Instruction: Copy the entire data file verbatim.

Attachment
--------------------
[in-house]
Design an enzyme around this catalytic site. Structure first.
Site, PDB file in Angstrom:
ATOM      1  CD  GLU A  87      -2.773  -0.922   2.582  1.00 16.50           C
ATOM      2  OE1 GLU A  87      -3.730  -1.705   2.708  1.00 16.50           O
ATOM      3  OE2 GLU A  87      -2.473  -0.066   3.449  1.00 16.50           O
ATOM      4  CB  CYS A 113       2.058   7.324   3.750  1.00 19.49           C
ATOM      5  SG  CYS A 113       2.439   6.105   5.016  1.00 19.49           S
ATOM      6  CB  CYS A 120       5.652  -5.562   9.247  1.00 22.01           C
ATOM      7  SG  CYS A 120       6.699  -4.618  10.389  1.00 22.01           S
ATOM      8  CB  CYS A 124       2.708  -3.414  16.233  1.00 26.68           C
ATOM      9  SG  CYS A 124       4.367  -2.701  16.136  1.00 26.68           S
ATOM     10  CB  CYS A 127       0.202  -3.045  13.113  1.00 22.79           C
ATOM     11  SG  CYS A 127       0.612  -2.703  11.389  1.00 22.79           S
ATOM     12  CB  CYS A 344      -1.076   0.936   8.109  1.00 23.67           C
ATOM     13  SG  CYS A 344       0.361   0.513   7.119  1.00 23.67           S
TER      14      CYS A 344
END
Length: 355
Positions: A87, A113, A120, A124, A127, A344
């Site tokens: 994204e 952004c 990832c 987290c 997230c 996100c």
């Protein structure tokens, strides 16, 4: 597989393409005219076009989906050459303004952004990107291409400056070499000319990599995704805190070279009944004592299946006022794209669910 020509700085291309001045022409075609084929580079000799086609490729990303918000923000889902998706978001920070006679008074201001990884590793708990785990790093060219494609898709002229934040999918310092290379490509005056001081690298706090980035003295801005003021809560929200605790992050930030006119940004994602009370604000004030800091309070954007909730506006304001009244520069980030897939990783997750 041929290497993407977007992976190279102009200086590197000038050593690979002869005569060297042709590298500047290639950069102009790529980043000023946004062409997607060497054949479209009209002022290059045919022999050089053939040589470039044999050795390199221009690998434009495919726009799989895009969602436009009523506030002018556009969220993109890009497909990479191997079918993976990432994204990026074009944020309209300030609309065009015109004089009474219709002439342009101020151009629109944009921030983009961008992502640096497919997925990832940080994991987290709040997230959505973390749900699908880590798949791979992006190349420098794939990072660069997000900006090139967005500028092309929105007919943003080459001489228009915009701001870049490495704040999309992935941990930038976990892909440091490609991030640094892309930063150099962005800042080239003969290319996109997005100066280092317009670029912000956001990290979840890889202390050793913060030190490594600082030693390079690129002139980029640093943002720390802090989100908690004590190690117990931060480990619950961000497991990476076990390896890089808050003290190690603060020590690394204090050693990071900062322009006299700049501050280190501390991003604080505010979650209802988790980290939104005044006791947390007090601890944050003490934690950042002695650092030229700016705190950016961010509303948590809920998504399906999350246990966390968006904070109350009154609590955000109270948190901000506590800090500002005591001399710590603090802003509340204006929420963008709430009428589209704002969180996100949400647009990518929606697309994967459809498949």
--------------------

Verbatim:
[in-house]
Design an enzyme around this catalytic site. Structure first.
Site, PDB file in Angstrom:
ATOM      1  CD  GLU A  87      -2.773  -0.922   2.582  1.00 16.50           C
ATOM      2  OE1 GLU A  87      -3.730  -1.705   2.708  1.00 16.50           O
ATOM      3  OE2 GLU A  87      -2.473  -0.066   3.449  1.00 16.50           O
ATOM      4  CB  CYS A 113       2.058   7.324   3.750  1.00 19.49           C
ATOM      5  SG  CYS A 113       2.439   6.105   5.016  1.00 19.49           S
ATOM      6  CB  CYS A 120       5.652  -5.562   9.247  1.00 22.01           C
ATOM      7  SG  CYS A 120       6.699  -4.618  10.389  1.00 22.01           S
ATOM      8  CB  CYS A 124       2.708  -3.414  16.233  1.00 26.68           C
ATOM      9  SG  CYS A 124       4.367  -2.701  16.136  1.00 26.68           S
ATOM     10  CB  CYS A 127       0.202  -3.045  13.113  1.00 22.79           C
ATOM     11  SG  CYS A 127       0.612  -2.703  11.389  1.00 22.79           S
ATOM     12  CB  CYS A 344      -1.076   0.936   8.109  1.00 23.67           C
ATOM     13  SG  CYS A 344       0.361   0.513   7.119  1.00 23.67           S
TER      14      CYS A 344
END
Length: 355
Positions: A87, A113, A120, A124, A127, A344
């Site tokens: 994204e 952004c 990832c 987290c 997230c 996100c």
């Protein structure tokens, strides 16, 4: 597989393409005219076009989906050459303004952004990107291409400056070499000319990599995704805190070279009944004592299946006022794209669910 020509700085291309001045022409075609084929580079000799086609490729990303918000923000889902998706978001920070006679008074201001990884590793708990785990790093060219494609898709002229934040999918310092290379490509005056001081690298706090980035003295801005003021809560929200605790992050930030006119940004994602009370604000004030800091309070954007909730506006304001009244520069980030897939990783997750 041929290497993407977007992976190279102009200086590197000038050593690979002869005569060297042709590298500047290639950069102009790529980043000023946004062409997607060497054949479209009209002022290059045919022999050089053939040589470039044999050795390199221009690998434009495919726009799989895009969602436009009523506030002018556009969220993109890009497909990479191997079918993976990432994204990026074009944020309209300030609309065009015109004089009474219709002439342009101020151009629109944009921030983009961008992502640096497919997925990832940080994991987290709040997230959505973390749900699908880590798949791979992006190349420098794939990072660069997000900006090139967005500028092309929105007919943003080459001489228009915009701001870049490495704040999309992935941990930038976990892909440091490609991030640094892309930063150099962005800042080239003969290319996109997005100066280092317009670029912000956001990290979840890889202390050793913060030190490594600082030693390079690129002139980029640093943002720390802090989100908690004590190690117990931060480990619950961000497991990476076990390896890089808050003290190690603060020590690394204090050693990071900062322009006299700049501050280190501390991003604080505010979650209802988790980290939104005044006791947390007090601890944050003490934690950042002695650092030229700016705190950016961010509303948590809920998504399906999350246990966390968006904070109350009154609590955000109270948190901000506590800090500002005591001399710590603090802003509340204006929420963008709430009428589209704002969180996100949400647009990518929606697309994967459809498949």